|Observed surface thermohaline variability at mesoscale to submesoscale in the Coral Sea, southwest Pacific Ocean. |
Conference: Open Science Conference on Salinity and Freshwater Changes in the Ocean (Hambourg, DE, 2015-10-12)
Ref HAL: hal-01203212_v1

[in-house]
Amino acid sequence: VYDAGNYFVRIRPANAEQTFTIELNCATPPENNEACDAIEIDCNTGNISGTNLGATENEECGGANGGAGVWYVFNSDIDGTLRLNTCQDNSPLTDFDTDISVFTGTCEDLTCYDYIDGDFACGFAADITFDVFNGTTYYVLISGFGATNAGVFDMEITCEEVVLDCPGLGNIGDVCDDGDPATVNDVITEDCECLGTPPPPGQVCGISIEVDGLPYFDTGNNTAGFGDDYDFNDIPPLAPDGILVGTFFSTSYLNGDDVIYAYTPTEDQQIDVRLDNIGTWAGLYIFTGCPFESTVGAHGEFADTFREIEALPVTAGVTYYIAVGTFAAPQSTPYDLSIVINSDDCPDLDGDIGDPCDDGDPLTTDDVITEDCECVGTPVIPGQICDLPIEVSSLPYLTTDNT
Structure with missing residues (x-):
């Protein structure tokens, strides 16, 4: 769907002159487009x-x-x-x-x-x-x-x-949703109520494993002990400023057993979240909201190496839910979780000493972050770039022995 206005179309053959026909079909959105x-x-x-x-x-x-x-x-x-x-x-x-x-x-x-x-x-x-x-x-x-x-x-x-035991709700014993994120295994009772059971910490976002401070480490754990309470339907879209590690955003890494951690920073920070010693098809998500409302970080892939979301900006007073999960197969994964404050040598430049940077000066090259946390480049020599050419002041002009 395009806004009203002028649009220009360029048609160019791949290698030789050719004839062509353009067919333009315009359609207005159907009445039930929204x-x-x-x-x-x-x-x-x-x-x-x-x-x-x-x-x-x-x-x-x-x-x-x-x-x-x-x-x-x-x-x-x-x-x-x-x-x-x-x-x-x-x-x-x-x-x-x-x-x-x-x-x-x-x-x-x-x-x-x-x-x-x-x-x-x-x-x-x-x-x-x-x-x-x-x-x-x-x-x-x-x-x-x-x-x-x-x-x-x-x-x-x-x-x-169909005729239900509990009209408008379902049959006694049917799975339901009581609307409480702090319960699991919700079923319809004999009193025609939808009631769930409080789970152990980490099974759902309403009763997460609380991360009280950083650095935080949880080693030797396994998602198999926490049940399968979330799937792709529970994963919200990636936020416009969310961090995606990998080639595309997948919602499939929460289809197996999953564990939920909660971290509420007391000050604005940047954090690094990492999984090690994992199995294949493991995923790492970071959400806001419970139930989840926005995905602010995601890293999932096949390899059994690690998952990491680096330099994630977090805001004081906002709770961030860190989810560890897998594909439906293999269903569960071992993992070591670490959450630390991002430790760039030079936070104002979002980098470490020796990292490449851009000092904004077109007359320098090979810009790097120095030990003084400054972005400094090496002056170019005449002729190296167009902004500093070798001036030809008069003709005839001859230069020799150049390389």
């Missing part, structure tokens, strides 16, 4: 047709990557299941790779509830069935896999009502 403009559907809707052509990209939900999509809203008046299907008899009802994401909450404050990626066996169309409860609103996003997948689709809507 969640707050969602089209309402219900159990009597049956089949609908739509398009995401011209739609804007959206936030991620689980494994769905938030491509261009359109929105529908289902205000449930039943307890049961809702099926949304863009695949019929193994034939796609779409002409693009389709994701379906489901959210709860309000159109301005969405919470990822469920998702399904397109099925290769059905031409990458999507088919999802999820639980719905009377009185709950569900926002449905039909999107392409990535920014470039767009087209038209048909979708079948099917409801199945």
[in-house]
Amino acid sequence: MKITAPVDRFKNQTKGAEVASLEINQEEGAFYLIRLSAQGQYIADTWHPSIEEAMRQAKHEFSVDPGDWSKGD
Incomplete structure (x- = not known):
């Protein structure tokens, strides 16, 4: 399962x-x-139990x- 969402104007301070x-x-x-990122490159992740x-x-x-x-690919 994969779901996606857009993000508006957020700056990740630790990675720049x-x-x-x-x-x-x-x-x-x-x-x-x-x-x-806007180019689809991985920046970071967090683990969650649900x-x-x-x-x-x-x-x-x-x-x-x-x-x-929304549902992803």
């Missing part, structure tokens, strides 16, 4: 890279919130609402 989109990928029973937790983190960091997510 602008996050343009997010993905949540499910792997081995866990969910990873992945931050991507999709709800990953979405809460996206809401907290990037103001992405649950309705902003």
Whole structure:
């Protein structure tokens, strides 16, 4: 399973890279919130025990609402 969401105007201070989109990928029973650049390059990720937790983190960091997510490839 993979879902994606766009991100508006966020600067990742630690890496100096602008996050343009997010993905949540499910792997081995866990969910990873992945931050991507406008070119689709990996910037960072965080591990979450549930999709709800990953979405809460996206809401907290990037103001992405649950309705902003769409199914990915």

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Several theoretical and numerical studies have recently pointed out thecrucial role of small oceanic structures, with typical scales of 50 km orless, on the ocean eddies (100-300 km), which are associated with themost important part of the total ocean kinetic energy. Indeed, the oceanicflow is driven by nonlinear scale interactions that transfer energy upscale(to the large-scale circulation up to 1,000 km) or downscale (typically lessthan 1m). Knowledge about all these scales is required to explain thedispersion and diffusion of tracers such as sea surface salinity (SSS). Italso echoes the importance of knowing such scales for the calibration andvalidation of the ongoing Aquarius and SMOS satellite missions. In thepresent study, the small-scale features in SSS are examined using in situobservations collected from a thermosalinograph (TSG) during theBifurcation cruise (Sept. 2012) operated in the southwest Pacific Oceanunder the auspices of the SPICE project. The TSG data are replaced in thecontext of the mesoscale eddies and submesoscale ocean dynamics usinga front detection approach based on a Lagrangian technique thatdetermines the Finite-Size Lyapunov Exponents (FSLE). Several examplesof interactions between mesoscale eddies and submesoscale or frontalstructures in SSS will be considered to characterize the stirring and thedispersion of Lagrangian coherent structures. Estimates of the satelliteproducts, as well as considering the biogeochemistry of the surface oceanin the region, will be also presented and discussed.